It’s hard to believe, but most schools have been in session a full month now and students will be receiving mid-term reports soon. If your child seems to be struggling with managing homework, it might be time to help them get organized (or reorganized) for a successful school year.
Minimize Distractions. A huge obstacle to getting homework done is distractions. One of the best things you can do for your family is to set aside a no TV/Electronics time. The time you set should, at a minimum, exceed the normal homework time by about 30 minutes. You also can try a power hour which is 50 minutes of no phone/TV/electronics, then a 10-minute break where the kids can text, chat with friends, and use their electronics. This works especially well for high schoolers who seem to do homework all evening.
Homework Space. A good space to do homework is crucial. Some kids like to work at the kitchen table while others prefer to work on the floor of their bedroom. No matter where they settle down to study, having their supplies nearby will help keep them focused. A plastic caddy is a great tool for keeping school supplies handy. The kids just pull it out when they are doing homework and put it away when they are done.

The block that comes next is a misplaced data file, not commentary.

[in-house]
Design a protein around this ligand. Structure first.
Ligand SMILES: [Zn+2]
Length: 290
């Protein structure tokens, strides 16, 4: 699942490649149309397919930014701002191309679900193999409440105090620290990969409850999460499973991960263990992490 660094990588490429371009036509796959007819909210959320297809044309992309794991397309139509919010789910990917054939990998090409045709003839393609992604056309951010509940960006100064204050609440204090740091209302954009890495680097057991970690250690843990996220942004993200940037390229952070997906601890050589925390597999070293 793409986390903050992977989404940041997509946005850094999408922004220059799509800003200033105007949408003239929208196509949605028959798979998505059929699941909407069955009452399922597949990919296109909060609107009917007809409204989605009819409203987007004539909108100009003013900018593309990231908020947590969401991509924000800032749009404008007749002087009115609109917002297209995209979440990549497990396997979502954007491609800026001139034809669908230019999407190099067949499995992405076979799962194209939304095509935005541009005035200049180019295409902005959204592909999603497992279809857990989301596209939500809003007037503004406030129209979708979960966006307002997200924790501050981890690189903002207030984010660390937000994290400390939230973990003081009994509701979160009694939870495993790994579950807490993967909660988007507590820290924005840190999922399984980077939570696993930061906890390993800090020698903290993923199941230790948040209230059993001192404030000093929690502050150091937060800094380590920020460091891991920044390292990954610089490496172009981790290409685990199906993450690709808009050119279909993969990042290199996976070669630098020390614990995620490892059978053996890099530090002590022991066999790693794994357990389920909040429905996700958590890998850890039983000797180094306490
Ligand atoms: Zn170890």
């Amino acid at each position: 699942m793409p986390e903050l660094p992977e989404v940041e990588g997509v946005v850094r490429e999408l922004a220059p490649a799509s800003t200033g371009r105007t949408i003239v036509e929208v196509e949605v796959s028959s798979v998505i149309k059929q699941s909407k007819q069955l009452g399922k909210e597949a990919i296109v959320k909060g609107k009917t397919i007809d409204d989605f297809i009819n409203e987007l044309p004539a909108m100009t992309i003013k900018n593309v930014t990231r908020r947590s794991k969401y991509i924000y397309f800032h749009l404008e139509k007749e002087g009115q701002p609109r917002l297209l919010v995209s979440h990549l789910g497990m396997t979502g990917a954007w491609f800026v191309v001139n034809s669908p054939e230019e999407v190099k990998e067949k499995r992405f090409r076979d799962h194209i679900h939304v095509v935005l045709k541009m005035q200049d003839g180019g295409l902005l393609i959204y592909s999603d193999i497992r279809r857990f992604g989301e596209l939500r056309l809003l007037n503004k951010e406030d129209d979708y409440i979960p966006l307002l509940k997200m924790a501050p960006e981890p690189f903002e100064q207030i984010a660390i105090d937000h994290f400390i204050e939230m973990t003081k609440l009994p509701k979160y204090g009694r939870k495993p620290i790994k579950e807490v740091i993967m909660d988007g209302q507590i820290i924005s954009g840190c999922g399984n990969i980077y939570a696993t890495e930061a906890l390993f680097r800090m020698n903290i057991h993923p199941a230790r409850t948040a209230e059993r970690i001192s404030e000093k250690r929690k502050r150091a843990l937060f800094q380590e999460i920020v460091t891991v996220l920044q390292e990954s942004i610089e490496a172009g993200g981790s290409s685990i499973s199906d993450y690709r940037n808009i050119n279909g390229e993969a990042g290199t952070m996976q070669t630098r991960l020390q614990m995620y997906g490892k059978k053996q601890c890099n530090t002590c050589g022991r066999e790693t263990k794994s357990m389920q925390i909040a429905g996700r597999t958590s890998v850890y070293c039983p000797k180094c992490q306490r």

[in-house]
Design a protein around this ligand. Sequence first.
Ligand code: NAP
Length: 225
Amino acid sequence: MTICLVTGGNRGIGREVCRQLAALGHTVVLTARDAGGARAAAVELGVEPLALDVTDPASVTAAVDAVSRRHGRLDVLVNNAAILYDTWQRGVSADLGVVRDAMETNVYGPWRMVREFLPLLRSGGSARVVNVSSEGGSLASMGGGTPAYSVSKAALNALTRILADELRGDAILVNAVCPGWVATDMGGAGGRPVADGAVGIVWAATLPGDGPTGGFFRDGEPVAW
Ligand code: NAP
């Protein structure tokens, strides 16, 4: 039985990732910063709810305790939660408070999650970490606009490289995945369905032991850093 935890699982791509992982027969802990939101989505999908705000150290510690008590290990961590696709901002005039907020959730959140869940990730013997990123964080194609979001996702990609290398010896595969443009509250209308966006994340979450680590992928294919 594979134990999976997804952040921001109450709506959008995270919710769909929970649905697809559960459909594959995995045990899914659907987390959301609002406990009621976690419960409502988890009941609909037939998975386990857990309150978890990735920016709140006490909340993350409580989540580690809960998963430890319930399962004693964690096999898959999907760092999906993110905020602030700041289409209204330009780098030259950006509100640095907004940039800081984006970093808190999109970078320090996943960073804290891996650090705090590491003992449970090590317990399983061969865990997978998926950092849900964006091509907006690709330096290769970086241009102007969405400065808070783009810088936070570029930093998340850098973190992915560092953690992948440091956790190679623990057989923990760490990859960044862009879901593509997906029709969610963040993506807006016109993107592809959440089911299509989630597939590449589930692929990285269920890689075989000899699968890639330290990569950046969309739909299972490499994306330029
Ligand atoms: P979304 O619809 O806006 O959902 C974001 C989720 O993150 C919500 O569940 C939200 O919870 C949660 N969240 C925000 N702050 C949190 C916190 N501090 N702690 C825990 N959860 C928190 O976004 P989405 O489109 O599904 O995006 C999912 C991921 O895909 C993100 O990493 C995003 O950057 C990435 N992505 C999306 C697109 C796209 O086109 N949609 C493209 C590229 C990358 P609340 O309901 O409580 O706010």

Write it Down. Kids think they can remember all they need to do for homework yet when they do this, things fall through the cracks. Teaching them how to use an assignment notebook can be a huge help.
Project Management. As kids enter the upper grades they will get assignments that require several steps over a period of time. Show your child how to put the deadline in their assignment notebook and work their way back by adding project milestones to their calendar. This makes a project more manageable and less overwhelming. Plus, it helps them manage their time so they don’t cram the project into one evening which means less stress for the whole family.
Clean Out Routine. Lots of kids use their backpack as a file cabinet instead of a tool to transport items. Encourage a monthly clean out of the backpack, weekly if needed. If they have study material that they need to hang onto but don’t need in their backpack, then set up a small file box with a hanging file for each class in their bedroom. If you set up a file box, just be sure to help your child set guidelines on what goes into the files. It is best if the files only contain active items like project outlines or study material needed for upcoming test.
Get Help. If your child is really struggling with organization, get some outside help. Sometimes hearing organizing tips from a school counselor, tutor, or professional organizer is easier to swallow than hearing it from mom. Teaching them some basic organization skills now will help set them up for success in the future.